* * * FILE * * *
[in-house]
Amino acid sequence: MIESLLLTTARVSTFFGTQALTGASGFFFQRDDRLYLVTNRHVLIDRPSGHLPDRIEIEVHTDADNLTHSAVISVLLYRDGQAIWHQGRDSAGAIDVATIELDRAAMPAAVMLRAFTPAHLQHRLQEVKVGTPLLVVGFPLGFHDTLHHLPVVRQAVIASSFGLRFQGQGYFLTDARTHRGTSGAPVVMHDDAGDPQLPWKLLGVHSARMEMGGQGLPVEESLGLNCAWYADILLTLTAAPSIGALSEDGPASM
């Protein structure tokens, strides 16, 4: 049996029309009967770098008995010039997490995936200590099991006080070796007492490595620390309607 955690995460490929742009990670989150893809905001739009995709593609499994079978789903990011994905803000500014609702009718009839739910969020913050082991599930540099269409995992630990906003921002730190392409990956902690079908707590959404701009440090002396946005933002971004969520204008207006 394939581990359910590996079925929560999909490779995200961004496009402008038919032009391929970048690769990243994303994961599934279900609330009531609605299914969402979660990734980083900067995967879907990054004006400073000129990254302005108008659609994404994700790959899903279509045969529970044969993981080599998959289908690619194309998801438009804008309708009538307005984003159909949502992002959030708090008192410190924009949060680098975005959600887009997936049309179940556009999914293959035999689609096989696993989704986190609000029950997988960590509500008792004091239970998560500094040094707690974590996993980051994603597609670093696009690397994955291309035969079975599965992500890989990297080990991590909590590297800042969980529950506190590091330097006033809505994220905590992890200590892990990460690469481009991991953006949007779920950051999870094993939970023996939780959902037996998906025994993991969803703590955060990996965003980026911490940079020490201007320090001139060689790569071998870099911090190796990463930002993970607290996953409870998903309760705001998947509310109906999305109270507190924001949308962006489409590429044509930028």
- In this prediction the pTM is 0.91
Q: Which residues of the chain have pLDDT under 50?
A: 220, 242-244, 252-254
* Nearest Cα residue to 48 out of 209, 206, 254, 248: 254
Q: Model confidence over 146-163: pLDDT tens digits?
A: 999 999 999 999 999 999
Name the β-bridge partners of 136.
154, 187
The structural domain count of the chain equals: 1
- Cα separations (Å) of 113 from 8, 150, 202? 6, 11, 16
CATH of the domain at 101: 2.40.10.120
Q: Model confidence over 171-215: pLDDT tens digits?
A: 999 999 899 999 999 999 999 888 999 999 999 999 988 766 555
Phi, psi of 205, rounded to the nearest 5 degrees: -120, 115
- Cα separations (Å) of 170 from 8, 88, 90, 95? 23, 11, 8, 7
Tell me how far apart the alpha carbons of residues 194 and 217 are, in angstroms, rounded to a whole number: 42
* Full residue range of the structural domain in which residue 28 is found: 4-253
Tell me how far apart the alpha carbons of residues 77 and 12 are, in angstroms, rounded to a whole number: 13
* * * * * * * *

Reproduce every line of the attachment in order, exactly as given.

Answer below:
[in-house]
Amino acid sequence: MIESLLLTTARVSTFFGTQALTGASGFFFQRDDRLYLVTNRHVLIDRPSGHLPDRIEIEVHTDADNLTHSAVISVLLYRDGQAIWHQGRDSAGAIDVATIELDRAAMPAAVMLRAFTPAHLQHRLQEVKVGTPLLVVGFPLGFHDTLHHLPVVRQAVIASSFGLRFQGQGYFLTDARTHRGTSGAPVVMHDDAGDPQLPWKLLGVHSARMEMGGQGLPVEESLGLNCAWYADILLTLTAAPSIGALSEDGPASM
């Protein structure tokens, strides 16, 4: 049996029309009967770098008995010039997490995936200590099991006080070796007492490595620390309607 955690995460490929742009990670989150893809905001739009995709593609499994079978789903990011994905803000500014609702009718009839739910969020913050082991599930540099269409995992630990906003921002730190392409990956902690079908707590959404701009440090002396946005933002971004969520204008207006 394939581990359910590996079925929560999909490779995200961004496009402008038919032009391929970048690769990243994303994961599934279900609330009531609605299914969402979660990734980083900067995967879907990054004006400073000129990254302005108008659609994404994700790959899903279509045969529970044969993981080599998959289908690619194309998801438009804008309708009538307005984003159909949502992002959030708090008192410190924009949060680098975005959600887009997936049309179940556009999914293959035999689609096989696993989704986190609000029950997988960590509500008792004091239970998560500094040094707690974590996993980051994603597609670093696009690397994955291309035969079975599965992500890989990297080990991590909590590297800042969980529950506190590091330097006033809505994220905590992890200590892990990460690469481009991991953006949007779920950051999870094993939970023996939780959902037996998906025994993991969803703590955060990996965003980026911490940079020490201007320090001139060689790569071998870099911090190796990463930002993970607290996953409870998903309760705001998947509310109906999305109270507190924001949308962006489409590429044509930028």
- In this prediction the pTM is 0.91
Q: Which residues of the chain have pLDDT under 50?
A: 220, 242-244, 252-254
* Nearest Cα residue to 48 out of 209, 206, 254, 248: 254
Q: Model confidence over 146-163: pLDDT tens digits?
A: 999 999 999 999 999 999
Name the β-bridge partners of 136.
154, 187
The structural domain count of the chain equals: 1
- Cα separations (Å) of 113 from 8, 150, 202? 6, 11, 16
CATH of the domain at 101: 2.40.10.120
Q: Model confidence over 171-215: pLDDT tens digits?
A: 999 999 899 999 999 999 999 888 999 999 999 999 988 766 555
Phi, psi of 205, rounded to the nearest 5 degrees: -120, 115
- Cα separations (Å) of 170 from 8, 88, 90, 95? 23, 11, 8, 7
Tell me how far apart the alpha carbons of residues 194 and 217 are, in angstroms, rounded to a whole number: 42
* Full residue range of the structural domain in which residue 28 is found: 4-253
Tell me how far apart the alpha carbons of residues 77 and 12 are, in angstroms, rounded to a whole number: 13